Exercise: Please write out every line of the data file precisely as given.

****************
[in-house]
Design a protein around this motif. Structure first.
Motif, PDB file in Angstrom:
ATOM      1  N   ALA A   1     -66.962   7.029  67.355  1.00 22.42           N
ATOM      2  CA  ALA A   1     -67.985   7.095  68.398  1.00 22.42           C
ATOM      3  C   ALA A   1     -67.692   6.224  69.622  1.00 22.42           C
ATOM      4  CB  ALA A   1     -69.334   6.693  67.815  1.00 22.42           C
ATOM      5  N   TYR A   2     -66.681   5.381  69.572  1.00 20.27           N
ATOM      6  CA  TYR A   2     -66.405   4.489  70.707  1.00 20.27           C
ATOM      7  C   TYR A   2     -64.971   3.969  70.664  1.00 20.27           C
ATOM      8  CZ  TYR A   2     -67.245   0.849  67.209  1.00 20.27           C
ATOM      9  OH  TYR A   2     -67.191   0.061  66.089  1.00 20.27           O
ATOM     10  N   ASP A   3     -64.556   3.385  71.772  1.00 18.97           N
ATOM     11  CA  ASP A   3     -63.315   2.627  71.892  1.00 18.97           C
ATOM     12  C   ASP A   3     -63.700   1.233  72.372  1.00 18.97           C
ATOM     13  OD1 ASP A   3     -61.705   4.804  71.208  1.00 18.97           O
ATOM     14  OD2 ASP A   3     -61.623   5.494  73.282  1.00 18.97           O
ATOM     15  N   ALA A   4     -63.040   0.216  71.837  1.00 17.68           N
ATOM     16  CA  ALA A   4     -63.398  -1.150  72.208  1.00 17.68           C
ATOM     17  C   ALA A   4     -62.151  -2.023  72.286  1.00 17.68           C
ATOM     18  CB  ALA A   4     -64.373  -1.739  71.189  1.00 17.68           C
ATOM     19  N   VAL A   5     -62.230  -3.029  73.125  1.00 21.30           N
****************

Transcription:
[in-house]
Design a protein around this motif. Structure first.
Motif, PDB file in Angstrom:
ATOM      1  N   ALA A   1     -66.962   7.029  67.355  1.00 22.42           N
ATOM      2  CA  ALA A   1     -67.985   7.095  68.398  1.00 22.42           C
ATOM      3  C   ALA A   1     -67.692   6.224  69.622  1.00 22.42           C
ATOM      4  CB  ALA A   1     -69.334   6.693  67.815  1.00 22.42           C
ATOM      5  N   TYR A   2     -66.681   5.381  69.572  1.00 20.27           N
ATOM      6  CA  TYR A   2     -66.405   4.489  70.707  1.00 20.27           C
ATOM      7  C   TYR A   2     -64.971   3.969  70.664  1.00 20.27           C
ATOM      8  CZ  TYR A   2     -67.245   0.849  67.209  1.00 20.27           C
ATOM      9  OH  TYR A   2     -67.191   0.061  66.089  1.00 20.27           O
ATOM     10  N   ASP A   3     -64.556   3.385  71.772  1.00 18.97           N
ATOM     11  CA  ASP A   3     -63.315   2.627  71.892  1.00 18.97           C
ATOM     12  C   ASP A   3     -63.700   1.233  72.372  1.00 18.97           C
ATOM     13  OD1 ASP A   3     -61.705   4.804  71.208  1.00 18.97           O
ATOM     14  OD2 ASP A   3     -61.623   5.494  73.282  1.00 18.97           O
ATOM     15  N   ALA A   4     -63.040   0.216  71.837  1.00 17.68           N
ATOM     16  CA  ALA A   4     -63.398  -1.150  72.208  1.00 17.68           C
ATOM     17  C   ALA A   4     -62.151  -2.023  72.286  1.00 17.68           C
ATOM     18  CB  ALA A   4     -64.373  -1.739  71.189  1.00 17.68           C
ATOM     19  N   VAL A   5     -62.230  -3.029  73.125  1.00 21.30           N